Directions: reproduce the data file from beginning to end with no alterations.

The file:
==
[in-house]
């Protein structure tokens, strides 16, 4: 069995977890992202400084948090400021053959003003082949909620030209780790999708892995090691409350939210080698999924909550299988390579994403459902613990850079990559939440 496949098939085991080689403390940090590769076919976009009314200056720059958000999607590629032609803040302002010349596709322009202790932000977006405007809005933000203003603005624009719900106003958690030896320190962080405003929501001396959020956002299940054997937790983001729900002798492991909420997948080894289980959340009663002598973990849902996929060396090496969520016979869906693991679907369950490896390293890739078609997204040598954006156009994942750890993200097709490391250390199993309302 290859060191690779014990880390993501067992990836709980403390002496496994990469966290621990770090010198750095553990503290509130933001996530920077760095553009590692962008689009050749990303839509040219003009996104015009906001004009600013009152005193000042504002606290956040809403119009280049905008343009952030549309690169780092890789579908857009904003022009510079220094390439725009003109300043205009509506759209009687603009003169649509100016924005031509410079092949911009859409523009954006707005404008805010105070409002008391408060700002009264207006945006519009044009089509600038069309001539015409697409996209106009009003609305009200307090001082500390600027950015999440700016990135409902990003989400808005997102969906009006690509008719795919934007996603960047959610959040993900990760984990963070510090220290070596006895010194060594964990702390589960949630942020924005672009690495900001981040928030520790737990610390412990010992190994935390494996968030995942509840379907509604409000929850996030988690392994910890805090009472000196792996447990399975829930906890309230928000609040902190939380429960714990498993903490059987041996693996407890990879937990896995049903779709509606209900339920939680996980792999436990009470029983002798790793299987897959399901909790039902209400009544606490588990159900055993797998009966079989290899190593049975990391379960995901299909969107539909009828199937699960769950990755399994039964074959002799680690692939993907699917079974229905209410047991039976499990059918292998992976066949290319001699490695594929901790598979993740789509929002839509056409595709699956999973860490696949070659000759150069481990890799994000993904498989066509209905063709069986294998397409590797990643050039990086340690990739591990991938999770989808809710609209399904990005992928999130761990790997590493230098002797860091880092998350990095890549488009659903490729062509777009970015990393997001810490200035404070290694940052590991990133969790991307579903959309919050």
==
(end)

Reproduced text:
[in-house]
């Protein structure tokens, strides 16, 4: 069995977890992202400084948090400021053959003003082949909620030209780790999708892995090691409350939210080698999924909550299988390579994403459902613990850079990559939440 496949098939085991080689403390940090590769076919976009009314200056720059958000999607590629032609803040302002010349596709322009202790932000977006405007809005933000203003603005624009719900106003958690030896320190962080405003929501001396959020956002299940054997937790983001729900002798492991909420997948080894289980959340009663002598973990849902996929060396090496969520016979869906693991679907369950490896390293890739078609997204040598954006156009994942750890993200097709490391250390199993309302 290859060191690779014990880390993501067992990836709980403390002496496994990469966290621990770090010198750095553990503290509130933001996530920077760095553009590692962008689009050749990303839509040219003009996104015009906001004009600013009152005193000042504002606290956040809403119009280049905008343009952030549309690169780092890789579908857009904003022009510079220094390439725009003109300043205009509506759209009687603009003169649509100016924005031509410079092949911009859409523009954006707005404008805010105070409002008391408060700002009264207006945006519009044009089509600038069309001539015409697409996209106009009003609305009200307090001082500390600027950015999440700016990135409902990003989400808005997102969906009006690509008719795919934007996603960047959610959040993900990760984990963070510090220290070596006895010194060594964990702390589960949630942020924005672009690495900001981040928030520790737990610390412990010992190994935390494996968030995942509840379907509604409000929850996030988690392994910890805090009472000196792996447990399975829930906890309230928000609040902190939380429960714990498993903490059987041996693996407890990879937990896995049903779709509606209900339920939680996980792999436990009470029983002798790793299987897959399901909790039902209400009544606490588990159900055993797998009966079989290899190593049975990391379960995901299909969107539909009828199937699960769950990755399994039964074959002799680690692939993907699917079974229905209410047991039976499990059918292998992976066949290319001699490695594929901790598979993740789509929002839509056409595709699956999973860490696949070659000759150069481990890799994000993904498989066509209905063709069986294998397409590797990643050039990086340690990739591990991938999770989808809710609209399904990005992928999130761990790997590493230098002797860091880092998350990095890549488009659903490729062509777009970015990393997001810490200035404070290694940052590991990133969790991307579903959309919050």